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Trump policy that weakened wild bird protections is revoked

Trump ended criminal prosecutions against companies responsible for bird deaths that could have been prevented.
FILE - In this Dec. 13, 2019, file photo, thousands of snow geese take flight over a farm field at their winter grounds, in the Skagit Valley near Conway, Wash. The Biden administration on Monday, March 8, 2021, reversed a policy imposed under former President Donald Trump that drastically weakened the government's power to enforce a century-old law that protects most U.S. bird species. Trump ended criminal prosecutions against companies responsible for bird deaths that could have been prevented. (AP Photo/Elaine Thompson, File)
FILE - In this Dec. 13, 2019, file photo, thousands of snow geese take flight over a farm field at their winter grounds, in the Skagit Valley near Conway, Wash. The Biden administration on Monday, March 8, 2021, reversed a policy imposed under former President Donald Trump that drastically weakened the government's power to enforce a century-old law that protects most U.S. bird species. Trump ended criminal prosecutions against companies responsible for bird deaths that could have been prevented. (AP Photo/Elaine Thompson, File) [ ELAINE THOMPSON | AP ]
Published Mar. 8
Updated Mar. 8

BILLINGS, Mont. — The Biden administration on Monday reversed a policy imposed under former President Donald Trump that drastically weakened the government’s power to enforce a century-old law that protects most U.S. bird species.

Trump ended criminal prosecutions against companies responsible for bird deaths that could have been prevented.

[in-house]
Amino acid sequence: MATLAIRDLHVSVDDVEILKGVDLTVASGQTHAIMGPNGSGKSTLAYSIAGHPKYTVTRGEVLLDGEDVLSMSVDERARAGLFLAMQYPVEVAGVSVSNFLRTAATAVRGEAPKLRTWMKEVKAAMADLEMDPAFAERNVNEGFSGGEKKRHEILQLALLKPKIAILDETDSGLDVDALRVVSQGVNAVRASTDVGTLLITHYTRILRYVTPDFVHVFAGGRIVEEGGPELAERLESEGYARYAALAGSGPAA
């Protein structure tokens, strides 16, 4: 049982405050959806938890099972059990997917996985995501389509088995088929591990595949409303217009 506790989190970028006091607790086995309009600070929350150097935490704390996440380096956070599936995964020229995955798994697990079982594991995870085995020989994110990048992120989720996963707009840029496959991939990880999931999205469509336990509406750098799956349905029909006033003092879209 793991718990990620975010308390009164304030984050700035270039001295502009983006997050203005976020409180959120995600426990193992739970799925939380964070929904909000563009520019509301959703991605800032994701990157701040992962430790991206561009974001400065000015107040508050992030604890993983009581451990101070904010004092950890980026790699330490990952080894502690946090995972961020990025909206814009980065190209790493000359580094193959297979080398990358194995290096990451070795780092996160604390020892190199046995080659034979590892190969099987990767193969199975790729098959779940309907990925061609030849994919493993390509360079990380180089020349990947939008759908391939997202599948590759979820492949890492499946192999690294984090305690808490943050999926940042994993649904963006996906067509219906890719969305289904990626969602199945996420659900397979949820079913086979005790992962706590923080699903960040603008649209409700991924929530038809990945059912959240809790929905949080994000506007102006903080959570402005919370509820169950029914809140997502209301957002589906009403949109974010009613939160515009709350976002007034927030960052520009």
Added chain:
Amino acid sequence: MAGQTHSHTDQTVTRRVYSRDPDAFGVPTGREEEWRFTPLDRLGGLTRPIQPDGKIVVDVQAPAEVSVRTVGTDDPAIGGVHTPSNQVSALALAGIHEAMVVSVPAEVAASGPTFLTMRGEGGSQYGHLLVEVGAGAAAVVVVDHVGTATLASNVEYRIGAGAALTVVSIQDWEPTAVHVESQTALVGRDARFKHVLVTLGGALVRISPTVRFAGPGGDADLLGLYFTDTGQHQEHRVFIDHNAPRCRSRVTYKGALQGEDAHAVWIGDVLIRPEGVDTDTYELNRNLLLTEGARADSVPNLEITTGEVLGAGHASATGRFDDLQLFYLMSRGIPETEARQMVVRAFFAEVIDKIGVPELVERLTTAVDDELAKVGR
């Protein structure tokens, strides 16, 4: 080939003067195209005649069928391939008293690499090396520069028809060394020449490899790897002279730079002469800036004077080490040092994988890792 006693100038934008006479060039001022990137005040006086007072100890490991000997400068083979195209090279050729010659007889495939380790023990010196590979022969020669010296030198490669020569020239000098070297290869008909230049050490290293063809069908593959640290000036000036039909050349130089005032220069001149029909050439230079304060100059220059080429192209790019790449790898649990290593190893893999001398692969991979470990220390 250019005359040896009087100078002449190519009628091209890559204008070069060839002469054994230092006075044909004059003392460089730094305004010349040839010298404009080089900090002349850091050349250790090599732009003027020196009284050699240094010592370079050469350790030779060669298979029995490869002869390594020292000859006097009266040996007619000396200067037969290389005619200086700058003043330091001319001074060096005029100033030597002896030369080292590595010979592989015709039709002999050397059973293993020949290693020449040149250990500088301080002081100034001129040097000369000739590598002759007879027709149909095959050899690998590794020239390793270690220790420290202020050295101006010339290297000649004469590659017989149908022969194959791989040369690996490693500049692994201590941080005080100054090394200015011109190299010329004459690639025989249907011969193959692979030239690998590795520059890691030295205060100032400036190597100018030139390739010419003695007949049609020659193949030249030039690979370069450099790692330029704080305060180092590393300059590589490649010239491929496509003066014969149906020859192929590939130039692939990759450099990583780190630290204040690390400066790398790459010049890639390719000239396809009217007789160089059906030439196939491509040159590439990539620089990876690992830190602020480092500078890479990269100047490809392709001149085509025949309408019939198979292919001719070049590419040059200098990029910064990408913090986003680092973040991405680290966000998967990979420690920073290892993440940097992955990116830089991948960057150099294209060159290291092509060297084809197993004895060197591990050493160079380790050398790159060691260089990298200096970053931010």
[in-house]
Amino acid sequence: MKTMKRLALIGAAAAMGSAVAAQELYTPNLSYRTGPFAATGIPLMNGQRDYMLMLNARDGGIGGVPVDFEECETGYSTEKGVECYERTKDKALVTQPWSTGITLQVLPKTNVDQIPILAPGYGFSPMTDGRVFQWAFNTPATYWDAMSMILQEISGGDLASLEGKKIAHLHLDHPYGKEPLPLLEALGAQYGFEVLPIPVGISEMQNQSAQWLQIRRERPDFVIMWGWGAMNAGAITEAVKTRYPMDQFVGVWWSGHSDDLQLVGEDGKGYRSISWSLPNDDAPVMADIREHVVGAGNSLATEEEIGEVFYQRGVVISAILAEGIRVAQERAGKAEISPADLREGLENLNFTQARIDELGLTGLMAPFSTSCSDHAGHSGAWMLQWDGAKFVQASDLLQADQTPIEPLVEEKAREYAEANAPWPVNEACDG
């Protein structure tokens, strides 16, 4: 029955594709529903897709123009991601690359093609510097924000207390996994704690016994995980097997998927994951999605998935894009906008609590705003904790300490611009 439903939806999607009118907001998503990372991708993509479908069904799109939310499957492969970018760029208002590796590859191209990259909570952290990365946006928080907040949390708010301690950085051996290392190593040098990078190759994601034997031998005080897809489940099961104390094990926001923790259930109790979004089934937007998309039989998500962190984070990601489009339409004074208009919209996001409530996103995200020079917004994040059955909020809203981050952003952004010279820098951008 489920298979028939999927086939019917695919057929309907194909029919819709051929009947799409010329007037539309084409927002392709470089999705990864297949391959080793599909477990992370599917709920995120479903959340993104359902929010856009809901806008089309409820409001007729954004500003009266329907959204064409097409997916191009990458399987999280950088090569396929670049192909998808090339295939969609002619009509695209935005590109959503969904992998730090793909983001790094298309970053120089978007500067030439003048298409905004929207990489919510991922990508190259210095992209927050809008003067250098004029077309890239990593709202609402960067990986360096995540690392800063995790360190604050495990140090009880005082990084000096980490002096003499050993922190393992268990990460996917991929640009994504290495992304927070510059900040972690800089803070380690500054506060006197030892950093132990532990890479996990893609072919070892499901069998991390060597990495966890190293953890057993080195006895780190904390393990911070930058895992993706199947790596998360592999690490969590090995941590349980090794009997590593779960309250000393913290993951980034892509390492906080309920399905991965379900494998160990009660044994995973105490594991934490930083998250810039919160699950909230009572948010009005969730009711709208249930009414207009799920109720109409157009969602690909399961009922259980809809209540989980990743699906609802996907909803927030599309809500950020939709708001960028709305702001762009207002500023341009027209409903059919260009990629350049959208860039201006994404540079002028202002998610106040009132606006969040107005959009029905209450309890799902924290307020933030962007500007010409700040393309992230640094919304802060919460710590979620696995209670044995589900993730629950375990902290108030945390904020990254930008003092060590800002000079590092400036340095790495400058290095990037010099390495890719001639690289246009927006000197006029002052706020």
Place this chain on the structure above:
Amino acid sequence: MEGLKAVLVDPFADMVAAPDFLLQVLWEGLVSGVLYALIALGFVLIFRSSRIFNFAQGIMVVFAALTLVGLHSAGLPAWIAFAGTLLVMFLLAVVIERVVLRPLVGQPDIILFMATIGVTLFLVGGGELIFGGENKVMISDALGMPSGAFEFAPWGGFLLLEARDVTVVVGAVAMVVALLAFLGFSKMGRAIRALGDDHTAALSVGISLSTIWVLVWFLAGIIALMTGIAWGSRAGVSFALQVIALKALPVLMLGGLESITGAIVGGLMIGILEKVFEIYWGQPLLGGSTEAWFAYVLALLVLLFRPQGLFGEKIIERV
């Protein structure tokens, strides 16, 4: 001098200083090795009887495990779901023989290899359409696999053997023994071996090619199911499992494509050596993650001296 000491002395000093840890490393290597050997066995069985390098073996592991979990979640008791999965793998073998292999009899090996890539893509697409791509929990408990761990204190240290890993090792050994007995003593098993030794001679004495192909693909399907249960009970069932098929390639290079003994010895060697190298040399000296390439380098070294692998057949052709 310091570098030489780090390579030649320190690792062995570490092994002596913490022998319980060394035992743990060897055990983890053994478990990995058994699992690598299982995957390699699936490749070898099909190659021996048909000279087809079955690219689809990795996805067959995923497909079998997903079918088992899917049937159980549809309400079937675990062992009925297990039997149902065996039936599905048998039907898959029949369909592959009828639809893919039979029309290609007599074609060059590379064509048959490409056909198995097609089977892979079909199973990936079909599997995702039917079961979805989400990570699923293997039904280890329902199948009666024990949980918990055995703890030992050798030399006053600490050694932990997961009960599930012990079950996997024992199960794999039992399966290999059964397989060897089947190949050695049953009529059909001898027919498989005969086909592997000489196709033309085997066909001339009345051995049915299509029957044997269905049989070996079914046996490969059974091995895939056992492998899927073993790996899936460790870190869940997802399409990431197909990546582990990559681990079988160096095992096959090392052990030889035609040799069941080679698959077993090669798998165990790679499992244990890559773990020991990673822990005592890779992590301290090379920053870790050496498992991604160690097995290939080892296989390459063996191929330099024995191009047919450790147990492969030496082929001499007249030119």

The move halted enforcement practices under the Migratory Bird Treaty Act in place for decades — resulting most notably in a $100 million settlement by energy company BP after the 2010 Gulf of Mexico oil spill killed about 100,000 birds.

A federal judge in New York in August struck down the Trump administration’s legal rationale for changing how the bird treaty was enforced.

But the administration did not abandon its policy, rejecting concerns that many more birds would die and remaining adamant that the law had been wielded inappropriately to penalize accidental bird deaths.

Interior spokesman Tyler Cherry said the Trump policy “overturned decades of bipartisan and international consensus and allowed industry to kill birds with impunity.”

Cherry said in a statement that the agency plans to come up with new standards “that can protect migratory birds and provide certainty to industry.”

Details on the new standards were not immediately made public, but advocacy groups on behalf of the tens of millions of bird watchers in the U.S. said Monday that they want a permitting system to more closely regulate the hundreds of millions of birds that die annually in collisions with wind turbines, after landing in oil pits and from other industrial causes.

While industries have taken steps to deal bird deaths, such as putting nets over oil pits and marking transmission equipment to prevent collisions, some individual companies don’t deal adequately with the problem and there is no uniform approach.

Industry groups including the American Petroleum Institute supported the Trump policy, but since President Joe Biden came into office they have expressed willingness to work with the Democrat. The petroleum trade group said Monday it will work “in support of policies that support environmental protection while providing regulatory certainty.”

More than 1,000 North American bird species are covered by the treaty.